Example antibacterial agents include, but are not limited to, aminoglycosides (e.g., gentamicin, neomycin, streptomycin, ciprofloxacin, and tobramycin), penicillins (e.g., amoxicillin, ampicillin, meropenem), macrolides (e.g., erythromycin), rifampicin, bedaquiline, and clofazimine.
Example anti-inflammatory agents include, but are not limited to, aspirin, choline salicylates, celecoxib, diclofenac potassium, diclofenac sodium, diclofenac sodium with misoprostol, diflunisal, etodolac, fenoprofen, flurbiprofen, ibuprofen, ketoprofen, meclofenamate sodium, mefenamic acid, nabumetone, naproxen, naproxen sodium, oxaprozin, piroxican, rofecoxib, salsalate, sodium salicylate, sulindac, tolmetin sodium, and valdecoxib.
Example steroids include, but are not limited to, corticosteroids such as cortisone, dexamethasone, hydrocortisone, methylprednisolone, prednisolone, and prednisone.
Example anesthetics include, but are not limited, to local anesthetics (e.g., lidocaine, procain, ropivacaine) and general anesthetics (e.g., desflurane, enflurane, halothane, isoflurane, methoxyflurane, nitrous oxide, sevoflurane, mmobarbital, methohexital, thiamylal, thiopental, diazepam, lorazepam, midazolam, etomidate, ketamine, propofol, alfentanil, fentanyl, remifentanil, buprenorphine, butorphanol, hydromorphone levorphanol, meperidine, methadone, morphine, nalbuphine, oxymorphone, pentazocine).
In some embodiments, the additional therapeutic agent is administered simultaneously with a compound or salt provided herein. In some embodiments, the additional therapeutic agent is administered after administration of the compound or salt provided herein. In some embodiments, the additional therapeutic agent is administered prior to administration of the compound or salt provided herein. In some embodiments, the compound or salt provided herein is administered during a surgical procedure. In some embodiments, the compound or salt provided herein is administered in combination with an additional therapeutic agent during a surgical procedure.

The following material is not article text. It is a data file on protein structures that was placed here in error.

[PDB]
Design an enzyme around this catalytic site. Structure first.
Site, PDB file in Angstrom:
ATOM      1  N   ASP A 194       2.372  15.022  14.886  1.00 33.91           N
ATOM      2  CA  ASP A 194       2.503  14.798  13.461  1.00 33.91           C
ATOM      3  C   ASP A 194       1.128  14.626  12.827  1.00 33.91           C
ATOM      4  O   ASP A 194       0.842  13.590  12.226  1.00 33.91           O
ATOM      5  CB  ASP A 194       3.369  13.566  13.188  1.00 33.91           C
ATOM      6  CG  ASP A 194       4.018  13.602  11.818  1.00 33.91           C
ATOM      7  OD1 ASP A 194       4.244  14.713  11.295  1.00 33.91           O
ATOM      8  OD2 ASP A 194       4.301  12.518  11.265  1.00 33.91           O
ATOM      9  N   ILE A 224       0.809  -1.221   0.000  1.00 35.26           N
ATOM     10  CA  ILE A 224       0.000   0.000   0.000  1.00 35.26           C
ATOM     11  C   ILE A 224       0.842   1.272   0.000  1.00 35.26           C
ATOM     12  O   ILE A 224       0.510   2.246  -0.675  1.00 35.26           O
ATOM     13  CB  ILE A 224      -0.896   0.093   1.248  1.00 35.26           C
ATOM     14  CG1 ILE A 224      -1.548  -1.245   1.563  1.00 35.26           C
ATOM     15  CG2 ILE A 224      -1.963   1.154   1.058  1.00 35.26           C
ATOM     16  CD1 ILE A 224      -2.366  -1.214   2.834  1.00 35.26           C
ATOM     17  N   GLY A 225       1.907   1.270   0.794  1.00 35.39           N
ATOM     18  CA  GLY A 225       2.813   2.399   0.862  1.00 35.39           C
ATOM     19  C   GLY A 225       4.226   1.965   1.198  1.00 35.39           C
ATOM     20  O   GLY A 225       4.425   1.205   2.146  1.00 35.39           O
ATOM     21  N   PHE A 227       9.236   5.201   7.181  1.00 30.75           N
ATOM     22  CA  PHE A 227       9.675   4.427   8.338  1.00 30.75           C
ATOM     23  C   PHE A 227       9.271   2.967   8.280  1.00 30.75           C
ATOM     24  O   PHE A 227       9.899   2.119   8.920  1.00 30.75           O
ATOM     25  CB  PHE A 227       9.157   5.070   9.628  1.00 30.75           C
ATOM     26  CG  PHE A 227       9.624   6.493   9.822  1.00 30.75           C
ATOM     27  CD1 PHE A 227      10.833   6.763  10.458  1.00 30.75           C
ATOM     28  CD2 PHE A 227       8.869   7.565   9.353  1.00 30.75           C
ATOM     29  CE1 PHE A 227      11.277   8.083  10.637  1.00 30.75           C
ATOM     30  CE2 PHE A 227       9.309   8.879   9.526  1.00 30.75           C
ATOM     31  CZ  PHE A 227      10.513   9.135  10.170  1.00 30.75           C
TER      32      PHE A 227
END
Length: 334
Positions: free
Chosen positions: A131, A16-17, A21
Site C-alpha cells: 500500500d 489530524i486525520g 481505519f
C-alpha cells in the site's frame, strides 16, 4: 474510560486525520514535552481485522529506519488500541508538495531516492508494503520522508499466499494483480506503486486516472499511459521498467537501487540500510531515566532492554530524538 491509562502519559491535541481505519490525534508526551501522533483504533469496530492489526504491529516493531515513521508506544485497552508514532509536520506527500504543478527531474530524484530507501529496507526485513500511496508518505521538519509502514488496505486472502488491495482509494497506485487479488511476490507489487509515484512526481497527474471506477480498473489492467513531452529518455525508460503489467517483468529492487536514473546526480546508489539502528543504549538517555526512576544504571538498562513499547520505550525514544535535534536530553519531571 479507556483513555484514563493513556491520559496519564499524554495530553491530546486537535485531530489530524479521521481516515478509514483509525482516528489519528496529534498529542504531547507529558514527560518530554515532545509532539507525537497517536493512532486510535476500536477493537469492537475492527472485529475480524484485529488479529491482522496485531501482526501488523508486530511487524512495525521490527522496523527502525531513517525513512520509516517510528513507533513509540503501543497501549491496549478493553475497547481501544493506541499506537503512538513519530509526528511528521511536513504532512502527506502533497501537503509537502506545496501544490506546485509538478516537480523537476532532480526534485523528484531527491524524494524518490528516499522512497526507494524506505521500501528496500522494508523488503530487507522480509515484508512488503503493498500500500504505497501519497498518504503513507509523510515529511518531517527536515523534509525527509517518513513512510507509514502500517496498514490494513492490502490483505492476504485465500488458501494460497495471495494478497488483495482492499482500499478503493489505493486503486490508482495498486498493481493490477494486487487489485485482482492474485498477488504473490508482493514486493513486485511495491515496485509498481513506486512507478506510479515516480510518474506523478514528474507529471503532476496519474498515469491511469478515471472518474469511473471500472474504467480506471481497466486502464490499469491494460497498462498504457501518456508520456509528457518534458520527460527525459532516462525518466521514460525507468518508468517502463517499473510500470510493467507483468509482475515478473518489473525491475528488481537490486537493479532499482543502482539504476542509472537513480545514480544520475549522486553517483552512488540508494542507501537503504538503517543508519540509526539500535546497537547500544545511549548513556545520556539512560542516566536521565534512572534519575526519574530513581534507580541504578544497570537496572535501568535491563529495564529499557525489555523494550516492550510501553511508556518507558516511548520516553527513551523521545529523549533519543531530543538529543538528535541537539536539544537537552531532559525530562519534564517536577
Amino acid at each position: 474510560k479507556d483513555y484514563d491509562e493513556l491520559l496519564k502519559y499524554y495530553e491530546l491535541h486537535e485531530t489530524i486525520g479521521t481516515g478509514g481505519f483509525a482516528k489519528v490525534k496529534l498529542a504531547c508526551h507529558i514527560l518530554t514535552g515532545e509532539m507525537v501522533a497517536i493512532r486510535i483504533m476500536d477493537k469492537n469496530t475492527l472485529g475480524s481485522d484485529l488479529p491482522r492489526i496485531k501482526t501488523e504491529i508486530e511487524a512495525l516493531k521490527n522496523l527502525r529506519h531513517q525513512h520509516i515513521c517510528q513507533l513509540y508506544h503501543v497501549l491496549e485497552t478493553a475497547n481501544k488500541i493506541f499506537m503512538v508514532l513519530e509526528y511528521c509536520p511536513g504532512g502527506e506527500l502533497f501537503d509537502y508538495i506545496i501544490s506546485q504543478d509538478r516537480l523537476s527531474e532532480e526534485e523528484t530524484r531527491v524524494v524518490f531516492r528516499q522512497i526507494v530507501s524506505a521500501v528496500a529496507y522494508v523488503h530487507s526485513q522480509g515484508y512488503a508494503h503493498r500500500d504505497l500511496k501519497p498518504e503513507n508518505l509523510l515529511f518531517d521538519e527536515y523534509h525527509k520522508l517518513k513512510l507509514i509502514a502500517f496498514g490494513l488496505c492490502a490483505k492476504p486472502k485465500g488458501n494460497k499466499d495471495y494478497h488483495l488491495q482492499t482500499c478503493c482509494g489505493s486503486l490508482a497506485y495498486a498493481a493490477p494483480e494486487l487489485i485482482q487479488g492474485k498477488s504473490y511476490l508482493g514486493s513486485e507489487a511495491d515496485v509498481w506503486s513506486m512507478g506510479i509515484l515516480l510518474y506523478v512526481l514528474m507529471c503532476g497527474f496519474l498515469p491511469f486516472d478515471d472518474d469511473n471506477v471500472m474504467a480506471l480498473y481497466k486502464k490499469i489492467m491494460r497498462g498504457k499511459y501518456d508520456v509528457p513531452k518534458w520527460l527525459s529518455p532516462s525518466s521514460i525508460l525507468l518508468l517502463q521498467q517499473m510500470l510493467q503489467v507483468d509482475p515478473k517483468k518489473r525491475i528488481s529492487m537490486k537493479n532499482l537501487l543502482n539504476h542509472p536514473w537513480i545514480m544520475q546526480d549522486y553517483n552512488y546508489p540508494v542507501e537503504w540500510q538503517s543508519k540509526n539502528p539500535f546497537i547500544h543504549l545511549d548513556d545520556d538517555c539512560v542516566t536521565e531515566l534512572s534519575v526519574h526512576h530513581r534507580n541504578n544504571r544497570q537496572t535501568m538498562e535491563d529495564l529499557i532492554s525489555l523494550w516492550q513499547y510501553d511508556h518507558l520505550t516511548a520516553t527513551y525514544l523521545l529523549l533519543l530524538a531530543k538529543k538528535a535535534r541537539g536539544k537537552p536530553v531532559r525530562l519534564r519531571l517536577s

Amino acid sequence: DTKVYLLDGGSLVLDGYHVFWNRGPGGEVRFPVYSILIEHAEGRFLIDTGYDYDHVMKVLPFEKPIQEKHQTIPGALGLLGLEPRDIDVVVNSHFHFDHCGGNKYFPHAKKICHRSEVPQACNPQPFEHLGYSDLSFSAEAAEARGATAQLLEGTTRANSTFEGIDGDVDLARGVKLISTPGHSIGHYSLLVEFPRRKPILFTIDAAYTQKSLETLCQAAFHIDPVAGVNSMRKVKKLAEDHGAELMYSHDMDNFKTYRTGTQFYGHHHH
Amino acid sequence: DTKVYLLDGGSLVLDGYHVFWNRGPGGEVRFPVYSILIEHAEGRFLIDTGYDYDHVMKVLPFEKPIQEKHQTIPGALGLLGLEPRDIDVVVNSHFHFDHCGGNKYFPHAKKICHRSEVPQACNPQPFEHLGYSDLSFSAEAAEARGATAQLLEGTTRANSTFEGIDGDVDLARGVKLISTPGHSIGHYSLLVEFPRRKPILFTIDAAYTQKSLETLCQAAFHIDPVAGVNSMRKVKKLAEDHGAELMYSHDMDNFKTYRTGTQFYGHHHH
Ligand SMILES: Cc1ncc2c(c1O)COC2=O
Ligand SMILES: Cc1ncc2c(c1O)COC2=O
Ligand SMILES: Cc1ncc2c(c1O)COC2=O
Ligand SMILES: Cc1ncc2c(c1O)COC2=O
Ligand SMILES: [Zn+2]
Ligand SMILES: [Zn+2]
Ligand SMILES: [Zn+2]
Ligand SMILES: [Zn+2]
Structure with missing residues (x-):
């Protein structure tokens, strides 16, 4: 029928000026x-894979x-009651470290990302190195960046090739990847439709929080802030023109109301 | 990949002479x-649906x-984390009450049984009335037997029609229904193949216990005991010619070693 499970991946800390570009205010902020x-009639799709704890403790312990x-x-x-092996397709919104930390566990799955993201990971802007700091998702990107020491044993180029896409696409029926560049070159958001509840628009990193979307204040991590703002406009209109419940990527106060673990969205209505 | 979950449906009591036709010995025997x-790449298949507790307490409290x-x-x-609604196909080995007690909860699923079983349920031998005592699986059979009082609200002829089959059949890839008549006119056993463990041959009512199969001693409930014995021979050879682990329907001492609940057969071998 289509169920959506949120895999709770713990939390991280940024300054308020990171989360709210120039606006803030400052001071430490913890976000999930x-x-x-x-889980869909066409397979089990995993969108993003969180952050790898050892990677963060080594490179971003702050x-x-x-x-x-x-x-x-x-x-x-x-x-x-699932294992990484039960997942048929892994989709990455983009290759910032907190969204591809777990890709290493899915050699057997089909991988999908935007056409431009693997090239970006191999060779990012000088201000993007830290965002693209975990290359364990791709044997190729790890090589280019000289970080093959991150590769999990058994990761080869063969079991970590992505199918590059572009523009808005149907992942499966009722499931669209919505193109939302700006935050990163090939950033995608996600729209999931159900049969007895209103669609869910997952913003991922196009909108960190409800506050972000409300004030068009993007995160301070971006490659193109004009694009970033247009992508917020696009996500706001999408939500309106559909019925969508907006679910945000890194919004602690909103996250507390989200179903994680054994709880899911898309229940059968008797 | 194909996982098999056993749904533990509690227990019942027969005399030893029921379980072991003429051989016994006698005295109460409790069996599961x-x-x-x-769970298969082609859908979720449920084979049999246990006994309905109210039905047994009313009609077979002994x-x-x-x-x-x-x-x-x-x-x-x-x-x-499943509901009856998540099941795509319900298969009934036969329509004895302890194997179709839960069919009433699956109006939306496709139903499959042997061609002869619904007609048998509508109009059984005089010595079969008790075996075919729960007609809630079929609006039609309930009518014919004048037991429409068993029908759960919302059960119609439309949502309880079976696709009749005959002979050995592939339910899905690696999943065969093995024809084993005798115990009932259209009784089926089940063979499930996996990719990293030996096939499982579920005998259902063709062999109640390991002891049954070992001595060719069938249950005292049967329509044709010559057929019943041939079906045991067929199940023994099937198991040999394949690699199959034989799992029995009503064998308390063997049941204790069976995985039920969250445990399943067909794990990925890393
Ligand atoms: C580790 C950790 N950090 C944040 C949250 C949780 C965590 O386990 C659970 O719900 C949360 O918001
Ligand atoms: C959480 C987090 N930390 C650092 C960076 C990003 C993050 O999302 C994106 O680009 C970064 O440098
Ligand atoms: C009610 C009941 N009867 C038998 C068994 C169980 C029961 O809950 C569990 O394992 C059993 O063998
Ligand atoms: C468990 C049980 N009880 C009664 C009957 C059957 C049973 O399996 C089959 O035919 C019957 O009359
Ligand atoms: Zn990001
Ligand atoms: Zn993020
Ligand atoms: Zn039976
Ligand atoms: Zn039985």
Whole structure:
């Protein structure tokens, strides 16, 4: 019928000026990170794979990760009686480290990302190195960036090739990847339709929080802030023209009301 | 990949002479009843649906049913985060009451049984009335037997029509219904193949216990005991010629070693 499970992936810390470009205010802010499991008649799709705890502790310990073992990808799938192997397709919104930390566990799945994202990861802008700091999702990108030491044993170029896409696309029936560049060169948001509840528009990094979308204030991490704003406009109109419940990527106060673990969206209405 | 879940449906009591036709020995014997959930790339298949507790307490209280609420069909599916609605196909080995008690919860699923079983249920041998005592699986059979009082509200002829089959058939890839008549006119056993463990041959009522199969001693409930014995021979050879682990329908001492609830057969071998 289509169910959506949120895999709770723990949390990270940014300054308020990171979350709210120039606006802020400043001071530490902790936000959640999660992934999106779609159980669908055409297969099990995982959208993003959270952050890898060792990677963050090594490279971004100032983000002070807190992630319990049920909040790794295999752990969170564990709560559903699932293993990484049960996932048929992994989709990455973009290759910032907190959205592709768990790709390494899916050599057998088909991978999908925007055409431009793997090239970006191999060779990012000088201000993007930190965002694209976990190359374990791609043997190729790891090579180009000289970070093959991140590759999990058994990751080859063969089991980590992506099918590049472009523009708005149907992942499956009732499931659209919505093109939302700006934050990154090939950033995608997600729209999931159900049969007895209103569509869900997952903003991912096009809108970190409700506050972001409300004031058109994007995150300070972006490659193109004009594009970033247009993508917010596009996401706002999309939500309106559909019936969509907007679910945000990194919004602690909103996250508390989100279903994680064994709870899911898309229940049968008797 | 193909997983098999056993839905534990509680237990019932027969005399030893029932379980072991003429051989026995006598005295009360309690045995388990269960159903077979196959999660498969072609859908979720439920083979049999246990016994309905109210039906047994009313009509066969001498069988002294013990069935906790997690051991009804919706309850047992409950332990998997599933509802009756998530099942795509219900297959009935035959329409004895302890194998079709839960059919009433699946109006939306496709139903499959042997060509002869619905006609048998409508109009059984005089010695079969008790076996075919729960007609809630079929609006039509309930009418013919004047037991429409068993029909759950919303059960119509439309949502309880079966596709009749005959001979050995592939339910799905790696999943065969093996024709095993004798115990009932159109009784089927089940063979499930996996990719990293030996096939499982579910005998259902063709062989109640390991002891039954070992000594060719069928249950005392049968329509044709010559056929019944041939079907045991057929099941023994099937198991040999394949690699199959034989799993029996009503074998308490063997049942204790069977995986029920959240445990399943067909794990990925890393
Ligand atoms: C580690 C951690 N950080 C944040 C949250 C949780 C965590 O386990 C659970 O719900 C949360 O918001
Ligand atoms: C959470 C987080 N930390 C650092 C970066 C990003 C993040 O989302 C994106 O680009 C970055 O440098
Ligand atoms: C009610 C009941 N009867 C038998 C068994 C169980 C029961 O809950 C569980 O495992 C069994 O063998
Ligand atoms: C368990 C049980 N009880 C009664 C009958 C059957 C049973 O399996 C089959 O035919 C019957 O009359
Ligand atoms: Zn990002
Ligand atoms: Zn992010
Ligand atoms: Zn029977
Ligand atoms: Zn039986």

Pharmaceutical Compositions
When employed as pharmaceuticals, the compounds and salts provided herein can be administered in the form of pharmaceutical compositions. These compositions can be prepared as described herein or elsewhere, and can be administered by a variety of routes, depending upon whether local or systemic treatment is desired and upon the area to be treated. Administration may be topical (e.g., transdermal, epidermal, ophthalmic and to mucous membranes including intranasal, vaginal, and rectal delivery), pulmonary (e.g., by inhalation or insufflation of powders or aerosols, including by nebulizer; intratracheal or intranasal), oral, or parenteral. Parenteral administration includes intravenous, intraarterial, subcutaneous, intraperitoneal intramuscular or injection or infusion; or intracranial, (e.g., intrathecal or intraventricular, administration). Parenteral administration can be in the form of a single bolus dose, or may be, for example, by a continuous perfusion pump.
Pharmaceutical compositions and formulations for topical administration may include transdermal patches, ointments, lotions, creams, gels, drops, suppositories, sprays, liquids and powders. Conventional pharmaceutical carriers, aqueous, powder or oily bases, thickeners and the like may be necessary or desirable.
Also provided are pharmaceutical compositions which contain, as the active ingredient, a compound provided herein, or a pharmaceutically acceptable salt thereof, in combination with one or more pharmaceutically acceptable carriers (e.g., excipients). In making the compositions provided herein, the active ingredient is typically mixed with an excipient, diluted by an excipient or enclosed within such a carrier in the form of, for example, a capsule, sachet, paper, or other container. When the excipient serves as a diluent, it can be a solid, semi-solid, or liquid material, which acts as a vehicle, carrier or medium for the active ingredient. Thus, the compositions can be in the form of tablets, pills, powders, lozenges, sachets, cachets, elixirs, suspensions, emulsions, solutions, syrups, aerosols (as a solid or in a liquid medium), ointments, soft and hard gelatin capsules, suppositories, sterile injectable solutions, and sterile packaged powders.